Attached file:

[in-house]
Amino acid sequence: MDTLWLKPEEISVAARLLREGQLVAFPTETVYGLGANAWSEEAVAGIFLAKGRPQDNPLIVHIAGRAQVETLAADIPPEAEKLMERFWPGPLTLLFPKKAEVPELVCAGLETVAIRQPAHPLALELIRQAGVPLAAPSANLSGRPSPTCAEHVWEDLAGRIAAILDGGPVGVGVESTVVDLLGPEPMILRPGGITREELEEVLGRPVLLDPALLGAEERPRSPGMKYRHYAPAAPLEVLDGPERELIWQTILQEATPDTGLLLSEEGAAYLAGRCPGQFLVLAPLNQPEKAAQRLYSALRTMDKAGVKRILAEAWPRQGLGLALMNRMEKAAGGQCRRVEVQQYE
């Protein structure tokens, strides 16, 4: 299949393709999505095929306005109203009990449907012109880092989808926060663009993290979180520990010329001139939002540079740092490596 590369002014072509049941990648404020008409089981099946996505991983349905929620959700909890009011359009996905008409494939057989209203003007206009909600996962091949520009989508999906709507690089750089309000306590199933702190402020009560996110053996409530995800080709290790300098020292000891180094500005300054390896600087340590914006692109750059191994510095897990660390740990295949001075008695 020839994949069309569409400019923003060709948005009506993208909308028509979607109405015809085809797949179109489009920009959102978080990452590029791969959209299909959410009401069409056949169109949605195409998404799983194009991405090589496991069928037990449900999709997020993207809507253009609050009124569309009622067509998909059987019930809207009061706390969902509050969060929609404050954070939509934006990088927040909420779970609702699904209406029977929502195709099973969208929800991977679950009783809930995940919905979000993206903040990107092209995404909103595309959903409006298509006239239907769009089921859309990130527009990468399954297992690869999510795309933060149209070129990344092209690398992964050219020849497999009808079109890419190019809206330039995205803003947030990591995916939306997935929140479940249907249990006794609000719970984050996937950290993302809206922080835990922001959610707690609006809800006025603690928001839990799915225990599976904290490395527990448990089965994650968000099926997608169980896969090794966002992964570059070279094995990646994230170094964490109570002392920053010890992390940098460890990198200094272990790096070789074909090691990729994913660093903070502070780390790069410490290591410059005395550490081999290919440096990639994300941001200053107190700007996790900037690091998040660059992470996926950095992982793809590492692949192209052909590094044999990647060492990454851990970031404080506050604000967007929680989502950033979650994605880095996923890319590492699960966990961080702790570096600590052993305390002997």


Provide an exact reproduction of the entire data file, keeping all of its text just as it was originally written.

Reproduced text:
[in-house]
Amino acid sequence: MDTLWLKPEEISVAARLLREGQLVAFPTETVYGLGANAWSEEAVAGIFLAKGRPQDNPLIVHIAGRAQVETLAADIPPEAEKLMERFWPGPLTLLFPKKAEVPELVCAGLETVAIRQPAHPLALELIRQAGVPLAAPSANLSGRPSPTCAEHVWEDLAGRIAAILDGGPVGVGVESTVVDLLGPEPMILRPGGITREELEEVLGRPVLLDPALLGAEERPRSPGMKYRHYAPAAPLEVLDGPERELIWQTILQEATPDTGLLLSEEGAAYLAGRCPGQFLVLAPLNQPEKAAQRLYSALRTMDKAGVKRILAEAWPRQGLGLALMNRMEKAAGGQCRRVEVQQYE
């Protein structure tokens, strides 16, 4: 299949393709999505095929306005109203009990449907012109880092989808926060663009993290979180520990010329001139939002540079740092490596 590369002014072509049941990648404020008409089981099946996505991983349905929620959700909890009011359009996905008409494939057989209203003007206009909600996962091949520009989508999906709507690089750089309000306590199933702190402020009560996110053996409530995800080709290790300098020292000891180094500005300054390896600087340590914006692109750059191994510095897990660390740990295949001075008695 020839994949069309569409400019923003060709948005009506993208909308028509979607109405015809085809797949179109489009920009959102978080990452590029791969959209299909959410009401069409056949169109949605195409998404799983194009991405090589496991069928037990449900999709997020993207809507253009609050009124569309009622067509998909059987019930809207009061706390969902509050969060929609404050954070939509934006990088927040909420779970609702699904209406029977929502195709099973969208929800991977679950009783809930995940919905979000993206903040990107092209995404909103595309959903409006298509006239239907769009089921859309990130527009990468399954297992690869999510795309933060149209070129990344092209690398992964050219020849497999009808079109890419190019809206330039995205803003947030990591995916939306997935929140479940249907249990006794609000719970984050996937950290993302809206922080835990922001959610707690609006809800006025603690928001839990799915225990599976904290490395527990448990089965994650968000099926997608169980896969090794966002992964570059070279094995990646994230170094964490109570002392920053010890992390940098460890990198200094272990790096070789074909090691990729994913660093903070502070780390790069410490290591410059005395550490081999290919440096990639994300941001200053107190700007996790900037690091998040660059992470996926950095992982793809590492692949192209052909590094044999990647060492990454851990970031404080506050604000967007929680989502950033979650994605880095996923890319590492699960966990961080702790570096600590052993305390002997």